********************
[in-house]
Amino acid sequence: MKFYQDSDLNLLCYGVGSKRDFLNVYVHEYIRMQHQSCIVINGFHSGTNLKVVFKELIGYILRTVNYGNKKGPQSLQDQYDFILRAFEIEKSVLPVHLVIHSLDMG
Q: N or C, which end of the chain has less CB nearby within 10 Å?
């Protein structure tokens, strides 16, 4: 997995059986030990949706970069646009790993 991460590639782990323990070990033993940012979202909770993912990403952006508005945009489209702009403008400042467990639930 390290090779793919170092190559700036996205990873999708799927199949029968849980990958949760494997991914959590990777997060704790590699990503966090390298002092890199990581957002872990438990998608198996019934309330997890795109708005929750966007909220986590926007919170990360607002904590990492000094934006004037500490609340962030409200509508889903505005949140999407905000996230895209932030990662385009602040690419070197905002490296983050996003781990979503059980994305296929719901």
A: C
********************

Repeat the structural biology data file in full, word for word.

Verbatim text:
[in-house]
Amino acid sequence: MKFYQDSDLNLLCYGVGSKRDFLNVYVHEYIRMQHQSCIVINGFHSGTNLKVVFKELIGYILRTVNYGNKKGPQSLQDQYDFILRAFEIEKSVLPVHLVIHSLDMG
Q: N or C, which end of the chain has less CB nearby within 10 Å?
């Protein structure tokens, strides 16, 4: 997995059986030990949706970069646009790993 991460590639782990323990070990033993940012979202909770993912990403952006508005945009489209702009403008400042467990639930 390290090779793919170092190559700036996205990873999708799927199949029968849980990958949760494997991914959590990777997060704790590699990503966090390298002092890199990581957002872990438990998608198996019934309330997890795109708005929750966007909220986590926007919170990360607002904590990492000094934006004037500490609340962030409200509508889903505005949140999407905000996230895209932030990662385009602040690419070197905002490296983050996003781990979503059980994305296929719901």
A: C